Hearing the word 'no' has been known to send us for a loop. When rejection comes knocking, we find ourselves wondering why we've hit a wall and self-doubt tends to creep in: "Are we not good enough?," we ask. (Strong enough? Efficient enough? Fast enough? Nice enough. Talented enough. The list goes on and on.)
Yet, every time we travel down the path of self-doubt, we have to stop and remind ourselves that it may not be us. In fact, it might actually be them. Perhaps you didn't get a raise because there was no raise to be had. Maybe your friend respectfully declined your invitation because she simply had other plans. For all you know, hundreds of qualified professionals sent proposals for that freelance job you didn't land. Whatever the case, we strive to keep others in mind when we hear an unexpected 'no.'
In the same vein, we mustn't allow the fear of hearing 'no' to keep us from asking in the first place. We've found endless inspiration from Jia Jiang's 100 days of rejection therapy, yet putting ourselves out there—whether with friends, family, colleagues, bosses or potential job prospects—can bring on a level of debilitating fear.
Tell us if any of this sounds familiar:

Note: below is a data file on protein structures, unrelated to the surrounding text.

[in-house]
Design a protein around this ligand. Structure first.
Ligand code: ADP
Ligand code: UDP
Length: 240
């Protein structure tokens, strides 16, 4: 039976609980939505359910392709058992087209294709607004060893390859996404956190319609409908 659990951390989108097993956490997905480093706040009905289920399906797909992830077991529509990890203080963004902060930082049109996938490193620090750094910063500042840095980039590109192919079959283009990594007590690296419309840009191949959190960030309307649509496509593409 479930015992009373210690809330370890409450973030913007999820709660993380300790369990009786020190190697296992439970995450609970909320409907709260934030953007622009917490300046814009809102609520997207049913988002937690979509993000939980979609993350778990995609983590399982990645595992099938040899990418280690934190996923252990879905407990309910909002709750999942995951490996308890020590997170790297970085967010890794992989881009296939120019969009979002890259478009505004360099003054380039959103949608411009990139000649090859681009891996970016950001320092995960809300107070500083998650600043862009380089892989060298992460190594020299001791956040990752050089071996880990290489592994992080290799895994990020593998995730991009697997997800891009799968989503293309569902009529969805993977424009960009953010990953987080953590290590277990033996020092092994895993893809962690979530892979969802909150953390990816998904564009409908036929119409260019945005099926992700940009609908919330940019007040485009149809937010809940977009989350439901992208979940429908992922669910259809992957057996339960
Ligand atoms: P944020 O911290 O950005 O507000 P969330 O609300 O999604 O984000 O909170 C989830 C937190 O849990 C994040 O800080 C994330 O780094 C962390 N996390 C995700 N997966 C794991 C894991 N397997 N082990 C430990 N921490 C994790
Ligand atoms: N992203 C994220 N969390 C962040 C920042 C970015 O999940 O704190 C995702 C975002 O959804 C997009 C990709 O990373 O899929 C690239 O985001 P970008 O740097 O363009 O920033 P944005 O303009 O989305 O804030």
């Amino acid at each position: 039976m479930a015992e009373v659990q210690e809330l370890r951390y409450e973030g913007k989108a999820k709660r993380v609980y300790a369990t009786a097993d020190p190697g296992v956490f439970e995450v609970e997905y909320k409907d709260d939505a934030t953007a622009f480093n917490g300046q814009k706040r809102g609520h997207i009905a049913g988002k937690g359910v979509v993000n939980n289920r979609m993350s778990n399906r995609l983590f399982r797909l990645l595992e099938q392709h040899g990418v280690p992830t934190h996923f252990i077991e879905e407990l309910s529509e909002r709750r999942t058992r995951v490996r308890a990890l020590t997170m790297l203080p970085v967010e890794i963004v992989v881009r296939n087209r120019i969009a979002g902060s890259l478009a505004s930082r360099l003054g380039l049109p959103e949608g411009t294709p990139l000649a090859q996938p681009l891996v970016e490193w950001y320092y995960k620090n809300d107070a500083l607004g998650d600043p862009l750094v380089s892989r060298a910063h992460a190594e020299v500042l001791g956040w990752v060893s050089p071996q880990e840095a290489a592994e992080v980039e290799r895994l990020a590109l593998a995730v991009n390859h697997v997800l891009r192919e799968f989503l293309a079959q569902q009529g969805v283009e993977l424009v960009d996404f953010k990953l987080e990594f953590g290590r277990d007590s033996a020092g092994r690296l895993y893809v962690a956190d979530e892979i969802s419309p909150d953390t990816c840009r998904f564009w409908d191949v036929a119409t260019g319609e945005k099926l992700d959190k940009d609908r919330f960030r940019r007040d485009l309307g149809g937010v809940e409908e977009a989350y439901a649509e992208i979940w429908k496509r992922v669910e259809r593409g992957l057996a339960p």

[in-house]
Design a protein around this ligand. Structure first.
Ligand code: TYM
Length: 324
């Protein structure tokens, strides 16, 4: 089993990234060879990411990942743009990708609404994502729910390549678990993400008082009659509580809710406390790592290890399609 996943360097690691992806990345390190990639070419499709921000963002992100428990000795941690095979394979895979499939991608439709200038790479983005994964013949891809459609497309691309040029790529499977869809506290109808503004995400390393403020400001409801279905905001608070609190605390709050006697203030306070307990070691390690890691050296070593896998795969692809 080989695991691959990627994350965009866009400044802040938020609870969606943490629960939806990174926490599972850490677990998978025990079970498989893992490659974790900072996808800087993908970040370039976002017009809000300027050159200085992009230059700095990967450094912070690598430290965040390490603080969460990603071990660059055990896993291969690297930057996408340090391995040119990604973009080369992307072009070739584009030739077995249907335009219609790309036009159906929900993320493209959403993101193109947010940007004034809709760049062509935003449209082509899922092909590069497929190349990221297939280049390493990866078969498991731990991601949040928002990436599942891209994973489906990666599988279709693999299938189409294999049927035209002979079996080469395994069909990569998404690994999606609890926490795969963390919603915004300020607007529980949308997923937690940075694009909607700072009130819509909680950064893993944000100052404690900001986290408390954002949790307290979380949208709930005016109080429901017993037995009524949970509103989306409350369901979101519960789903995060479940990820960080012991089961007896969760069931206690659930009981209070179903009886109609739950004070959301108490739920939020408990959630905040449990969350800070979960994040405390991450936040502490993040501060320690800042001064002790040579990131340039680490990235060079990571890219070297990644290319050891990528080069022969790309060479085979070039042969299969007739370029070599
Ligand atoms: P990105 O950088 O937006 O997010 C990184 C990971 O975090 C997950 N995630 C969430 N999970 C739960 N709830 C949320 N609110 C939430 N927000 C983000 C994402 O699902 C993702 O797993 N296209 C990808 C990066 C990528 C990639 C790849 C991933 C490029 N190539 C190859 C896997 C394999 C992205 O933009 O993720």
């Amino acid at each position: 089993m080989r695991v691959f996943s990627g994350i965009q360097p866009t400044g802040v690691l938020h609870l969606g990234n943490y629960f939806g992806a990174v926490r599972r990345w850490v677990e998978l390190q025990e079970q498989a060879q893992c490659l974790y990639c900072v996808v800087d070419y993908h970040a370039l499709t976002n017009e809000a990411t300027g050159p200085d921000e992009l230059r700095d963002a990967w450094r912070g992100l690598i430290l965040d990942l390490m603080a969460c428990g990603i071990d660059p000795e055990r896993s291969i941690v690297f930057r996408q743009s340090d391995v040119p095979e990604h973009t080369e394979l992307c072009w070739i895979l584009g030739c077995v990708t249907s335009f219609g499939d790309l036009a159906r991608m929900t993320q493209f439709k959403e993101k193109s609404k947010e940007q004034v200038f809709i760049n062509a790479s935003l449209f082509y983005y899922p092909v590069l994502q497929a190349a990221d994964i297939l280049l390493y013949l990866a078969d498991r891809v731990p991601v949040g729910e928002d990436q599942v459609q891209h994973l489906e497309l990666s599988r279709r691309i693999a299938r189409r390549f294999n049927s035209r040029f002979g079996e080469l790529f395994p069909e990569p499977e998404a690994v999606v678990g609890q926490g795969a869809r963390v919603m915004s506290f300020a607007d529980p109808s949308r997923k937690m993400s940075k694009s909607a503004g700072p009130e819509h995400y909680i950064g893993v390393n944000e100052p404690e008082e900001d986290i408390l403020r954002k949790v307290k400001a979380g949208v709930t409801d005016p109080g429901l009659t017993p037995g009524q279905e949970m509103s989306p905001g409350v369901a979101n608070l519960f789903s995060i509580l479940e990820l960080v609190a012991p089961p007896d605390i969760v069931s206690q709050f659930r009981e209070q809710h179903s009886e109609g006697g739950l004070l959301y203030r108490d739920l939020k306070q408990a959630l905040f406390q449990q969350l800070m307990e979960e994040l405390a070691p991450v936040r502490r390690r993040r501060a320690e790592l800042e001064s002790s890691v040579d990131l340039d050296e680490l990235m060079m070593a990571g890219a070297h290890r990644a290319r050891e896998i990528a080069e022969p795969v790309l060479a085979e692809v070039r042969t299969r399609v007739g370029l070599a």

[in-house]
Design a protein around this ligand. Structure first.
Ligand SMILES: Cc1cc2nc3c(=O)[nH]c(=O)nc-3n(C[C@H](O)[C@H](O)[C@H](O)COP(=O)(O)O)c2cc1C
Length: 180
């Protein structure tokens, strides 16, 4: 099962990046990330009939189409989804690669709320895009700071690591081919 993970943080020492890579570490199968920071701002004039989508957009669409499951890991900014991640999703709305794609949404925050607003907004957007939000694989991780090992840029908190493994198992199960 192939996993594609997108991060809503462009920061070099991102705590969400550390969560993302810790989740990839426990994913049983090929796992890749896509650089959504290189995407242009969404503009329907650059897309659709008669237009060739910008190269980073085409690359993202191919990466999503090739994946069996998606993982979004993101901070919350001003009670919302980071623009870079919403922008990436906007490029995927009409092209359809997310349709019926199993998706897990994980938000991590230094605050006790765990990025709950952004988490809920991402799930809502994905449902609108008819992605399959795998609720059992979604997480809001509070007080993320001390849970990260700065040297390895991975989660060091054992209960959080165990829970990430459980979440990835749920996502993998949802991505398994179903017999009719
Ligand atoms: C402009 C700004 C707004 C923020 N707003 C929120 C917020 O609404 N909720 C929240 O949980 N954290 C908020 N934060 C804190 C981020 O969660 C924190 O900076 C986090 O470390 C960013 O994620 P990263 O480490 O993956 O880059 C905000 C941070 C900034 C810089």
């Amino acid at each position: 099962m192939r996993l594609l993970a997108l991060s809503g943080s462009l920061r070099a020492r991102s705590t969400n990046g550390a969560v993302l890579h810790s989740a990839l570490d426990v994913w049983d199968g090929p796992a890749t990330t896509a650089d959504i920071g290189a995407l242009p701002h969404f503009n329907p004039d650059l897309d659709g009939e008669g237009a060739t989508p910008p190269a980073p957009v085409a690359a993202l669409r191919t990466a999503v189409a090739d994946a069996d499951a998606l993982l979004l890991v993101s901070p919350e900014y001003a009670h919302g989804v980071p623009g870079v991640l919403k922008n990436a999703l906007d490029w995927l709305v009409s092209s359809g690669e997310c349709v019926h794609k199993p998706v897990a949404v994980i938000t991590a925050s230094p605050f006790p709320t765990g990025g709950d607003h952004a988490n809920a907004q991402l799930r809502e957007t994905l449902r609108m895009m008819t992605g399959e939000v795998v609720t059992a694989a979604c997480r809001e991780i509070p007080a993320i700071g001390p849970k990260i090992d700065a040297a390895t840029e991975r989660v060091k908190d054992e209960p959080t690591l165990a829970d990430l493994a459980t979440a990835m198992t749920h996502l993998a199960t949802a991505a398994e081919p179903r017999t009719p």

"What if she doesn't like me?"
What if my proposal isn't perfect?"
"What if they deny my request for a promotion?"
We've all been there. However, we'd like to offer up an opportunity to rephrase the questions: What if they don't deny your request? What if they love your proposal so much that they hire you on the spot? What if she's just been waiting for you to ask her to coffee? On other words: What's the worst that could happen?
In our experience, it's best to embrace the chance of rejection. Once you do, you'll realize that the word 'no' isn't the end of a conversation (or the world). In fact, it might be a huge step in a new—and potentially exciting—direction. Yesterday's 'no' might create space for today's 'yes' and you never know what opportunities might come to fruition once you put yourself out there.
So, here's to looking fear in the face and giving the word 'no' a big Clemetnine-sized hug.
p.s. Looking for a little inspiration from other women who've pushed limits and made strides? Here are 10 role models we love.